I'm writing a fantasy novel for children.

Guanazee

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Hi there. I'm writing for children, too. A horror fantasy for middle grade. High fantasy is a hard sell to agents/editors right now but you should write what you're passionate about. You never know what will sell.
 

Swank

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I think having female wizards would be readily accepted and would be preferable to the term witch, due to the negative connotation associated with the latter.
Wizard is the nice word, while witch is the put down. I'd use both, depending on who's talking.

Dragon, wyrm. Orc, goblin. Engineer, mechanic. Gunslinger, cow poke. Designer, seamstress. Etc.
 

chrispenycate

resident pedantissimo
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The trouble I'm facing is that I get easily sidetracked, how can you stop yourself doing that?
There are two basic techniques (and dozens of intermediate ones). If you're a plotter plan out the phases of your story in advance, and ignore all off-map interventions. If you're a pantser (panzer, perhaps?) investigate those side paths, supposedly short cuts and potentially depth improveng bypasses. Some of them are likely to be interesting in their own right, others opening secrets about your major characters, and you're going to edit the talelater, anyway. Just don't throw away the unuseable ideas.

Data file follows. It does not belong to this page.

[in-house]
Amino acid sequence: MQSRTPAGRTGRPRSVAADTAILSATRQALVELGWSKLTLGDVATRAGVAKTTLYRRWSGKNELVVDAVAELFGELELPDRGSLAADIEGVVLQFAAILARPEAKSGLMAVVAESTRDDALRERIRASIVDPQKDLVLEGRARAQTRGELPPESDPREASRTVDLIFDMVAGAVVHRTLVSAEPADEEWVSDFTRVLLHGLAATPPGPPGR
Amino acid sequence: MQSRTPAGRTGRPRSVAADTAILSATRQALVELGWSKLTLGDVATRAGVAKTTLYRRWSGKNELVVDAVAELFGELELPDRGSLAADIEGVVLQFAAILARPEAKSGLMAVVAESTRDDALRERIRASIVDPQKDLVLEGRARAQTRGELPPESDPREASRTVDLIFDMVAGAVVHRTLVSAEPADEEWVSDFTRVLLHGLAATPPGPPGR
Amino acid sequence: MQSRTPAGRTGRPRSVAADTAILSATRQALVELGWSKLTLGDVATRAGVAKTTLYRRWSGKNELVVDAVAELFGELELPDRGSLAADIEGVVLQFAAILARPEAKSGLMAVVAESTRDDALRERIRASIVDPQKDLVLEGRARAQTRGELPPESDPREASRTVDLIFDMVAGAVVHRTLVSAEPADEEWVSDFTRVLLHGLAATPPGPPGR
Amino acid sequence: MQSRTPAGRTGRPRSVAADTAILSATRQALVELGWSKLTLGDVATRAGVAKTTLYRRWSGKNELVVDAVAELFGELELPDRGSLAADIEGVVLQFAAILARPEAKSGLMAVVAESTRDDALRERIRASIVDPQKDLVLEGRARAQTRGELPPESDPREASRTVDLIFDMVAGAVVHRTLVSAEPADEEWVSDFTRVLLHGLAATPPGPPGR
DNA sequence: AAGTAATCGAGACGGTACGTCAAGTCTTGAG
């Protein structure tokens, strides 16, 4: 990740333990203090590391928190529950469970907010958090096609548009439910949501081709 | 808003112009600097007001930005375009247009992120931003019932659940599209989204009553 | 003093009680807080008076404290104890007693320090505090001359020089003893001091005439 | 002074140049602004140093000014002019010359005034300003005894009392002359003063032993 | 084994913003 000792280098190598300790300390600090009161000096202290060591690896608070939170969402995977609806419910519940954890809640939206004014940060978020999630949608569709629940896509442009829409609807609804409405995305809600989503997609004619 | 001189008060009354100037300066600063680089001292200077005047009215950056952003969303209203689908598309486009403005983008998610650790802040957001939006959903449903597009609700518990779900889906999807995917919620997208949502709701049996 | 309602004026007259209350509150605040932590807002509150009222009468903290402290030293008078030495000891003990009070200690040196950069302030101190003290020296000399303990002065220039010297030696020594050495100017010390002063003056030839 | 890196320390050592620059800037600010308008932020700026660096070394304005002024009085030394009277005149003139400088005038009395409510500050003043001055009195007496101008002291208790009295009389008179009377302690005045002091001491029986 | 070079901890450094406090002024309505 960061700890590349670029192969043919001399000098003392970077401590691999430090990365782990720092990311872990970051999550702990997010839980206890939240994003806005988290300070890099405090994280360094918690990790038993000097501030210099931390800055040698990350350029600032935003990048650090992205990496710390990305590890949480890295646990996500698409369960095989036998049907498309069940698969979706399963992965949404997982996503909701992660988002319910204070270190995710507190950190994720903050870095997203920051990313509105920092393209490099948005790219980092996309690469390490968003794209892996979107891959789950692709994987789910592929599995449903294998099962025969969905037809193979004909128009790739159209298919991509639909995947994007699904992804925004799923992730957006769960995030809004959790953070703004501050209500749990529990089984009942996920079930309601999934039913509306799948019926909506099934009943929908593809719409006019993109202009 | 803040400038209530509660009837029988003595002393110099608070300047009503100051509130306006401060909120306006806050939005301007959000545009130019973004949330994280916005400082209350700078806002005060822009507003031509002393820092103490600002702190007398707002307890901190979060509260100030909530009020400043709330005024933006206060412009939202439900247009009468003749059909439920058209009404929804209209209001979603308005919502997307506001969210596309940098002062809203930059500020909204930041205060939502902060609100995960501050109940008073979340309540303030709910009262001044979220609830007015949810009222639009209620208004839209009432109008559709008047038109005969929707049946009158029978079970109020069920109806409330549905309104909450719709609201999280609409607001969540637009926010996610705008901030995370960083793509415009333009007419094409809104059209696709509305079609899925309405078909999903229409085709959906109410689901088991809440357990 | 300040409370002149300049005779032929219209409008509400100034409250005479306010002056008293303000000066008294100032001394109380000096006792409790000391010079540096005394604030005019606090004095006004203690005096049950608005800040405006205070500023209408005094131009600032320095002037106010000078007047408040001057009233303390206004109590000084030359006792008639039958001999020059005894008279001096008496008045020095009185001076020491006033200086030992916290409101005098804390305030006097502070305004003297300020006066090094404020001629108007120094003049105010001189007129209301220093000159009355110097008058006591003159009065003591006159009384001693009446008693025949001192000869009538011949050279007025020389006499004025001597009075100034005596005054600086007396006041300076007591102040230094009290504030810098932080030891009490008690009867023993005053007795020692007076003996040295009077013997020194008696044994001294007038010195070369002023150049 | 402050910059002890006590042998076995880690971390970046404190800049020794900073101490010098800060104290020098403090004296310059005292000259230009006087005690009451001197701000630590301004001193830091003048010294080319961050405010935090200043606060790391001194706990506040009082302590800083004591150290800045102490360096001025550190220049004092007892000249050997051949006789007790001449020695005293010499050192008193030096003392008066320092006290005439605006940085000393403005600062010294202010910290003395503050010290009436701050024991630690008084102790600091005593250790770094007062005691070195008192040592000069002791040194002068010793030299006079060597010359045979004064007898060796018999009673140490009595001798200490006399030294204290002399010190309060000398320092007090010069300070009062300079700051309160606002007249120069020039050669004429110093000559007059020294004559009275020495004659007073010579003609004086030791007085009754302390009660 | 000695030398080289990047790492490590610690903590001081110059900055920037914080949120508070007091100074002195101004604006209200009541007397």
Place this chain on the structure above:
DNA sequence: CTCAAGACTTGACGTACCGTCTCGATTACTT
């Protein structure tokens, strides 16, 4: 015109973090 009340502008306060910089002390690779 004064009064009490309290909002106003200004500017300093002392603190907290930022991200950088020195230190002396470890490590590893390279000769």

I'm on juvenile right now, too. My seven year old grandnephew was tI ested to have twelve year old reading skills. He likes dragons, so I'm filtering out the naughty bits from one of my dragon tomes (even I don't put erotic literature into the hands of pre-teens) and slightly simplifying the vocabulary. How long should a YA volume?series be? (He's worked his way through three of the 'Eragon' tetrology) At present I'm at 65,000, but cutting scenes with me almost always involves adding more elsewhere.

Afterthought - perhaps a sorceress as a female wizard? Alright, wisdom isn't predominant in the job description…

Certainly make a change from attempting to amputate enough words to create seventy-five.
 
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redzwritez

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There's a lot of fantasy that has female and male wizards. Terry Pratchett's Equal Rites centres a lot on it. There's also other forms of media that embraced it. Wizard of Waverly Place, for example. It was a Disney show where every person, girl or boy, with magic was called a wizard. Honestly, I think it's a really fun idea. I think you could really play around with whether wizard is just the accepted name for anyone with magic, and why that is, or if women want to be known as wizards for a particular reason. Is there a difference between a wizard or a witch or sorcerer or is it just used as an umbrella term for all kinds of magic? Either one, or any other idea for that matter, is fine.
 

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